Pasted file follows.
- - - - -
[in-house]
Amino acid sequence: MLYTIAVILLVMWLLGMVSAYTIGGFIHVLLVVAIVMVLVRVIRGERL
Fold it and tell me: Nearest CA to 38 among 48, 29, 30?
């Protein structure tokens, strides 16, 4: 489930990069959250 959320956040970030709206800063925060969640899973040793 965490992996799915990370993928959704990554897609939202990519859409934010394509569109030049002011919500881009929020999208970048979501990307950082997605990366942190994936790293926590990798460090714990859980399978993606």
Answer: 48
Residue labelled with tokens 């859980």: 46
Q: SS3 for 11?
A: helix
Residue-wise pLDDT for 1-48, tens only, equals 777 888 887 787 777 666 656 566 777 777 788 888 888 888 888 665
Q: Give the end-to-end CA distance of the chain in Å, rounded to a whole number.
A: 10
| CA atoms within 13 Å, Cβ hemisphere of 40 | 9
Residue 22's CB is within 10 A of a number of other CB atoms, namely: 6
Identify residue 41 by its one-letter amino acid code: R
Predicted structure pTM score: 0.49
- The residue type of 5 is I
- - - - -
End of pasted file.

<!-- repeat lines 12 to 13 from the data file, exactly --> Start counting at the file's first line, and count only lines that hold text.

| CA atoms within 13 Å, Cβ hemisphere of 40 | 9
Residue 22's CB is within 10 A of a number of other CB atoms, namely: 6